Forum Selection & Automatic Termination Clauses
Barry Kurtz & Bryan H. Clements’ Article in Business Law News, a publication of the State Bar of California
“The fact that states generally require brewers to provide distributors with exclusive territories in which no competitors may distribute the brewer’s beer demonstrates the degree to which beer distributors enjoy greater territorial protections than do franchisees…”
Click to read: Traditional Franchise and Beer Distribution Relationships: A Legal Comparison
Samuel C. Wolf Article in Valley Lawyer, a publication of the San Fernando Valley Bar Association
“Franchise lawsuits and most business litigation are usually economic in nature, and application of the economic loss rule will often narrow the scope of the claims and damages available as a remedy…”
Read: Using the Economic Loss Rule to Your Client’s Benefit
Forum Selection Clause Held Enforceable
A federal court in Sacramento recently upheld a franchisor’s forum selection clause and transferred an action brought by an area representative to the federal district court in the Western District of Texas.
HDYR operated a sushi restaurant in Austin, and sought to franchise the concept under the name How Do You Roll? HDYR entered into an area representative service agreement with the plaintiffs under which the plaintiffs were to solicit franchisees to purchase How Do You Roll? restaurants in Northern California.
The agreement contained a forum selection clause providing for exclusive venue for disputes in the state or federal district courts in Texas.
In the Ninth Circuit, a forum selection clause is generally considered unenforceable only if it was the result of fraud, undue influence, or overwhelming bargaining power; if the selected forum was so inconvenient that forcing the plaintiffs to litigate there would essentially deny them their day in court; or if enforcement would contravene a strong public policy in the forum where the suit was brought.
The court found that the plaintiffs presented no evidence that would void the forum selection clause. The court was not persuaded by the area representative’s argument premised on the California Franchise Relations Act’s (CFRA’s) strong public policy against enforcing out-of-state forum selection clauses in franchise agreements, because the area representative agreement was not a franchise agreement. The court found that the area representative was retained to recruit franchisees, but was not a franchisee itself and was not the type of party that the CFRA was designed to protect.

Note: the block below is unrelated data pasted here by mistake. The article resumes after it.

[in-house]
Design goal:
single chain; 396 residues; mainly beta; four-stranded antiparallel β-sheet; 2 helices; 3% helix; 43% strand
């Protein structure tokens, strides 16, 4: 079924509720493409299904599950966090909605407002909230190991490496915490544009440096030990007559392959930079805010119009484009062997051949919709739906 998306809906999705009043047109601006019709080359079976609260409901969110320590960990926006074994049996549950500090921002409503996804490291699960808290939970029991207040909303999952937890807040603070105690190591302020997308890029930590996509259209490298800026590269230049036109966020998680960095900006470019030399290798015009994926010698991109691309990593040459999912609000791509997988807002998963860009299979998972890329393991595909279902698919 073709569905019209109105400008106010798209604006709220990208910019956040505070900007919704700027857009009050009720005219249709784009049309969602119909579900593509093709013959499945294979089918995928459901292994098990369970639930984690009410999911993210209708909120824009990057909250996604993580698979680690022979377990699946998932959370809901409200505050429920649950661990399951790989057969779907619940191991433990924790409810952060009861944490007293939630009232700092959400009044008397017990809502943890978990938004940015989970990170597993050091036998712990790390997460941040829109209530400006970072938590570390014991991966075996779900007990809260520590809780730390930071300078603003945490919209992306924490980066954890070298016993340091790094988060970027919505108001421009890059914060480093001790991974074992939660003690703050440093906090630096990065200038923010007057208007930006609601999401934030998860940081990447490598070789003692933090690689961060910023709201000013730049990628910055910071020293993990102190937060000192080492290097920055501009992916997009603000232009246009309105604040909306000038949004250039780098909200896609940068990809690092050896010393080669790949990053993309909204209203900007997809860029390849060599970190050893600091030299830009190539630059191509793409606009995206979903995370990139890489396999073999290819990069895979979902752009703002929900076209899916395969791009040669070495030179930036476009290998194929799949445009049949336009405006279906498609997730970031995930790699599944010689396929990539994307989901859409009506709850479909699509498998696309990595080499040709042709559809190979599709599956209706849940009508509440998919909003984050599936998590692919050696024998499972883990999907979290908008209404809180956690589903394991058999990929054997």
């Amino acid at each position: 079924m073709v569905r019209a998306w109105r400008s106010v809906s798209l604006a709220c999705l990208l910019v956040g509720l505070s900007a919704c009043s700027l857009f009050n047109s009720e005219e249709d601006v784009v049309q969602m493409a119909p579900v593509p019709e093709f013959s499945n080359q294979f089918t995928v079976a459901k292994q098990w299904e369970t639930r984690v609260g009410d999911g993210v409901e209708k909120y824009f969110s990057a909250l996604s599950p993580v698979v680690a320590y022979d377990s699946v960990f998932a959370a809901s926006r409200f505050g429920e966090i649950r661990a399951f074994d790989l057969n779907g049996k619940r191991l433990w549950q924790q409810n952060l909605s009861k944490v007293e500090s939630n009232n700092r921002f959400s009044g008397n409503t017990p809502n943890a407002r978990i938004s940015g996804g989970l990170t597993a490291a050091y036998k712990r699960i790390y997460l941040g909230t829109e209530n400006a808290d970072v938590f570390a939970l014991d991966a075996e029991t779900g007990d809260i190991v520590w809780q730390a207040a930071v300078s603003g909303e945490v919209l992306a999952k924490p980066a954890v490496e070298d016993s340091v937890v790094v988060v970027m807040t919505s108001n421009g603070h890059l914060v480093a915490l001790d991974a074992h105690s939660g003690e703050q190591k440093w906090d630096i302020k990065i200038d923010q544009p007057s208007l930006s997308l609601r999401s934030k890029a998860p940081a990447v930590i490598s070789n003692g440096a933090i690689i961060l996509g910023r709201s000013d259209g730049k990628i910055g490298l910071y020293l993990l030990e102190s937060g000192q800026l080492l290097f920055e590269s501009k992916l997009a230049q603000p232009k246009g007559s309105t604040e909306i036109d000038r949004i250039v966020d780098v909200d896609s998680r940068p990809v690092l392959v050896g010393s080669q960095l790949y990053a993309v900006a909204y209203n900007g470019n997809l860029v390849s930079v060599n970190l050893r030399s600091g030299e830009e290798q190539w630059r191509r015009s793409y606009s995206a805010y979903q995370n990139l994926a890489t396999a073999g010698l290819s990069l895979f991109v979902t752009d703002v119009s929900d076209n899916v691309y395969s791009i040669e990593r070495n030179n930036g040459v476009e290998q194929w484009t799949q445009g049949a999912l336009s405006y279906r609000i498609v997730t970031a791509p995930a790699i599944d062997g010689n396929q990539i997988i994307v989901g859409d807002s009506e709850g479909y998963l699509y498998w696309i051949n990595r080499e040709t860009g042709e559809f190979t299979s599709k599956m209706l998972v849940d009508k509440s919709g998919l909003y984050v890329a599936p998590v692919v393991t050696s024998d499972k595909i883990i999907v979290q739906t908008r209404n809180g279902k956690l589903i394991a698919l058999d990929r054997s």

The HDYR ruling is encouraging for franchisors since it illustrates the value of including well-conceived and well-drafted forum selection clauses in area representative agreements.
See: Estep v. Yuen Yung.
Nice Try Mr. Franchisee
In Fantastic Sam’s Salons, Corp. v. Moassesfar, a federal court in Los Angeles denied a motion by former franchisees to dismiss Fantastic Sam’s claims for breach of contract and trademark infringement based on the contractual limitations period in the parties’ franchise agreements.
The franchisees were required to pay a weekly franchise fee so long as the franchisee used the franchisor’s system or marks, whether authorized or not. The franchise agreement stated the agreements terminated automatically, without notice from the franchisor, if the franchisees’ bank failed or refused to honor any authorized bank draft for the payment of any weekly fees for two consecutive weeks.
The franchisees’ checks to the franchisor were dishonored, first in January 2011 and again in February 2012. However, the franchisees continued to operate both locations as Fantastic Sam’s salons until October 2014, when a stipulation to terminate the franchise agreements was entered into in the franchisor’s termination action filed in August 2014.
The Moassesfars argued that the agreement had automatically terminated when two consecutive payments were missed, thus barring the franchisor’s claims. The court rejected this theory, noting that the automatic termination clause without notice was contrary to California law and that the requirement of notice and an opportunity to cure prior to termination was intended to protect franchisees against arbitrary terminations.
See: Fantastic Sam’s Salon Corp. v. Moassesfar.